TonenGeneral Imports Japan's First Kurdish Oil Cargo
TonenGeneral imported Japan's first cargo of Kurdish crude from northern Iraq in January, a source with direct knowledge of the matter said on Tuesday. Iraq's semi-autonomous Kurdistan region began selling oil directly to world markets in 2015 to get money for its survival and to fight Islamic State. Typically, Kurdish oil, exported via Turkey's Mediterranean port of Ceyhan, has gone to Europe. TonenGeneral imported about 1 million barrels of Kurdish oil last month, classified as "export blend of Iraqi origin" in data from the Ministry of Economy, Trade and Industry's (METI). The cargo was delivered to TonenGeneral's refineries in Kawasaki and Chiba, both of them near Tokyo, according to the source and Ministry of Finance data. TonenGeneral declined to comment on the deal.
Oil Deal Between Iraqi Kurdistan & Baghdad Welcomed
The United States welcomes an agreement between Iraq's central government in Baghdad and its northern Kurdistan region over the management of oil exports, U.S. Vice President Joe Biden said on Saturday. Biden told an Atlantic Council summit in Istanbul that Washington also supported the development of an oil pipeline from Iraq's Basra to Turkey's Mediterranean port of Ceyhan. (Reporting by Humeyra Pamuk and Dasha Afanasieva; Writing by Nick Tattersall; Editing by Jonny Hogg and Alison Williams)
Fifth Tanker of Iraqi Kurdish Oil Loading in Turkey
The fifth cargo of crude oil from Iraqi Kurdistan was being loaded at Turkey's Mediterranean port of Ceyhan on Thursday and the tanker was scheduled to depart on Friday, Turkish energy officials said. The Suezmax tanker Kalamari arrived at the port late on Wednesday, according to a shipping source, and will be carrying one million barrels of crude oil, officials said. (Reporting by Orhan Coskun, Humeyra Pamuk and Julia Payne in London; Editing by Daren Butler)
Crude Falls Below $114 as Iraq Supply Fears Ease
U.S. Brent crude dipped below $114 a barrel on Monday as worries about disruptions to Iraqi crude supplies began to look overdone given that exports have so far been unaffected by a Sunni Islamist insurgency. Brent was down 90 cents at $113.91 by 1336 GMT, off an intraday high of $115.66. U.S. crude for August delivery was down 54 cents at $106.29, after touching $107.45 earlier in the session. The July contract expired on Friday. Traders and analysts said that the rally had faltered as the market was becoming desensitised to the news out of Iraq.
Iraqi Kurdistan Loads Third Oil Cargo in Turkey
A third tanker carrying piped crude oil from Iraqi Kurdistan is being loaded at Turkey's Mediterranean port of Ceyhan, a source at the Turkish energy ministry told Reuters On Friday. The source said the loading was expected to be completed by Saturday and that the tanker would be carrying 1 million barrels of Kurdish oil. (Reporting by Orhan Coskun; Writing by Ece Toksabay; Editing by Nick Tattersall)
Iraqi Kurdistan ships 2nd Crude Cargo via Turkey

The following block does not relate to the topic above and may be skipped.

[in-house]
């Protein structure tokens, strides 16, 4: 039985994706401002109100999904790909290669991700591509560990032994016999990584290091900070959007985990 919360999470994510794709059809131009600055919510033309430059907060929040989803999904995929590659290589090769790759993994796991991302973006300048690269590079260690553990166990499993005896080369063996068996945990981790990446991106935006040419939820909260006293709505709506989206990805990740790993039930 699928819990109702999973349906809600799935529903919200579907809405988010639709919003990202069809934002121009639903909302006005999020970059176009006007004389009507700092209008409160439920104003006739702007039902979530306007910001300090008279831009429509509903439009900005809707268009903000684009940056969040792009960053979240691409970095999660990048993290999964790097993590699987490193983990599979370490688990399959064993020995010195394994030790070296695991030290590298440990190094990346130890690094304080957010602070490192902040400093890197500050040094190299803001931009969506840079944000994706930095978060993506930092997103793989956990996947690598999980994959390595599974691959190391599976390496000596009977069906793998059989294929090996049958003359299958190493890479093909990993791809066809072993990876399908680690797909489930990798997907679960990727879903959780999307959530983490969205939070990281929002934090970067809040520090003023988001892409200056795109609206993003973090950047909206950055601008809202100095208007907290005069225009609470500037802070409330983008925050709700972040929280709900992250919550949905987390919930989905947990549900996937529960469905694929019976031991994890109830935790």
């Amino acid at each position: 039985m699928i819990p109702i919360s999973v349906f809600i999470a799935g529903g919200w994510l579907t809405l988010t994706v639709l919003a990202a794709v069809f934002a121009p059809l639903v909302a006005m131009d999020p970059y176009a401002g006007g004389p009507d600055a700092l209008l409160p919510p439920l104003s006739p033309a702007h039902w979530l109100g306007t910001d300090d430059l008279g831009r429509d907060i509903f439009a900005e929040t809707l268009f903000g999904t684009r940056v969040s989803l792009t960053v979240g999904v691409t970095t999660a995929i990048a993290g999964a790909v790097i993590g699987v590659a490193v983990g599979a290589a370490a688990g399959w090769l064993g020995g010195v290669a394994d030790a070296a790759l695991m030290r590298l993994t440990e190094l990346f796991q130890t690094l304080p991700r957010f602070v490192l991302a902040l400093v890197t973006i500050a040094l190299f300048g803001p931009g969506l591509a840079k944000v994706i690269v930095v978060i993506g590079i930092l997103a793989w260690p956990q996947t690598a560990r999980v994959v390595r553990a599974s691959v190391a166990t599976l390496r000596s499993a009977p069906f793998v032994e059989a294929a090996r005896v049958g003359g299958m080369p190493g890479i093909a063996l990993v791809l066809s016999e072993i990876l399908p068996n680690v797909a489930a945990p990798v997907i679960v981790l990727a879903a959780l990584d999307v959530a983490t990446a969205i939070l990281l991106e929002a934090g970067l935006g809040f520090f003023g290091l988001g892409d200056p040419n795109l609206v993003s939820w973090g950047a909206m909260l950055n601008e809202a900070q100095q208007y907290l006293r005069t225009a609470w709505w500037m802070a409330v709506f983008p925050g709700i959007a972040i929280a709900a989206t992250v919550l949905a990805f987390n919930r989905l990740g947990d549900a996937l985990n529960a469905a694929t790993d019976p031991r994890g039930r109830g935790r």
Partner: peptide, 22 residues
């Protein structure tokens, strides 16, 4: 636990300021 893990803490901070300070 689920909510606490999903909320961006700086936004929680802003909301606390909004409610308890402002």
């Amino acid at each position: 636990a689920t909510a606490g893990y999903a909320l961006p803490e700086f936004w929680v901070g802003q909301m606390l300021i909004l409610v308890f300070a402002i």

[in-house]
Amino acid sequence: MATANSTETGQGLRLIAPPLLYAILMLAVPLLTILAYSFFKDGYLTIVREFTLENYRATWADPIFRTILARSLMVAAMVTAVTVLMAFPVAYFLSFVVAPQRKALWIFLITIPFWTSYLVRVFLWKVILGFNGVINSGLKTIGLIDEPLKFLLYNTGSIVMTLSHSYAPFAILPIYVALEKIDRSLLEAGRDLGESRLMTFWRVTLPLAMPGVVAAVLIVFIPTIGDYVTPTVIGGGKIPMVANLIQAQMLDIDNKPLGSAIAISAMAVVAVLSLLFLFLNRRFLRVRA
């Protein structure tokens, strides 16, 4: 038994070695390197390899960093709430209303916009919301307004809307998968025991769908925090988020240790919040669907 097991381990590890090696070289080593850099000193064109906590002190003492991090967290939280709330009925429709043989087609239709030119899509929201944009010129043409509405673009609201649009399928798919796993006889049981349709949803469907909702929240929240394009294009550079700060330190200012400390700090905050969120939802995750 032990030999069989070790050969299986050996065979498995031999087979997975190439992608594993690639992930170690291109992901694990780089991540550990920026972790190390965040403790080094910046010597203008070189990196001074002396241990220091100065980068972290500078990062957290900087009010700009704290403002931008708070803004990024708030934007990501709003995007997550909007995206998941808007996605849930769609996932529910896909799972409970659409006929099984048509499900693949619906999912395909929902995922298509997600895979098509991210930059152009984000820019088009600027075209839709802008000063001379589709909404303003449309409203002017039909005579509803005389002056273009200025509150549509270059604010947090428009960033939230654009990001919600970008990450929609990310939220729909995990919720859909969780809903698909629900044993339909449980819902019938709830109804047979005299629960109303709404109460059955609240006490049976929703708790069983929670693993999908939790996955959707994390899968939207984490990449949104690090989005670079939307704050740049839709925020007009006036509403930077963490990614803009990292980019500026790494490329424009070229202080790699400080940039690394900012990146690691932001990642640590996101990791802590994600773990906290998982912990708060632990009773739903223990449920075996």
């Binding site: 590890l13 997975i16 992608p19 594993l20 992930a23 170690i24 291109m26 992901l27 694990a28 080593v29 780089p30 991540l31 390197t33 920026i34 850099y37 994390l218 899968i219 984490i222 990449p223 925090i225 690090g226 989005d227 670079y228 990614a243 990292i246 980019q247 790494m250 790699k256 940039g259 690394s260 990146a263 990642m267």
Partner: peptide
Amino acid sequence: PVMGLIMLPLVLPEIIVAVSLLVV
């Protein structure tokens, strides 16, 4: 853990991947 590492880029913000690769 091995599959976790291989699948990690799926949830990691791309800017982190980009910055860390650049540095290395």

A second tanker carrying piped crude oil from Iraqi Kurdistan has departed Turkey's Mediterranean port of Ceyhan, Turkish Energy Minister Taner Yildiz said on Tuesday. Yildiz said the tanker sailed towards the Mediterranean but did not provide its final destination. Industry and government sources said on Monday that the second shipment sailed from Ceyhan, increasing the stakes in a battle with Baghdad over control of oil sales from the autonomous region. Reporting by Humeyra Pamuk
Bosphorus Sea Lane To Get Busier
A leading U.S. tanker brokerage has warned that the newly-opened Khazakstan to Novorossiisk oil pipeline will need between 17 and 28 million-barrel tankers to serve it, further clogging the congested Bosphorus sea lane. New York-based Poten and Partners foresaw pipeline capacity starting at 560,000 bpd and eventually reaching 1.34 million bpd. "This level of throughput may start bumping against the upper limit of allowable tanker transits through the Bosphorus," it said. The analysis comes in the same week that the Turkish minister for maritime affairs, Ramazan Mirzaoglu, announced a state investigation into the safety threat posed by swelling Bosphorus tanker traffic. "The Turkish straits are already at their limits.
AIOC Awaits Go-Ahead on Caspian Oil Project
The BP-led Azerbaijan International Operating Company (AIOC) said on Wednesday it expected the Azeri government to give a green light in August for the next phase of its Caspian oil production project. AIOC's president David Woodward told an oil and gas conference in the Azeri capital Baku the next phase aims to boost production to 350,000 barrels per day in 2005 from current levels of 100,000-130,000 bpd. The project envisages bringing the Azeri field onstream in early 2005, adding to volumes from the Chirag field, which has been in production since 1997. The cost of the expansion plans, called Phase One, is put at $3.3-3.4 billion, Woodward said.
Offshore Project To Get Green Light
The BP-led Azerbaijan International Operating Company (AIOC) expects the Azeri government to give a green light in August for the next phase of its Caspian oil production project. AIOC's president David Woodward said the next phase aims to boost production to 350,000 bpd in 2005 from current levels of 100,000-130,000 bpd. The project envisages bringing the Azeri field onstream in early 2005, adding to volumes from the Chirag field which has been in production since 1997. The cost of the expansion plans, called Phase One, is put at $3.3-3.4 billion, Woodward said. The next phase envisages the construction of a drilling platform for 48 wells, a gas compressing facility, an underwater pipeline from the Azeri field and modernization of an onshore oil terminal.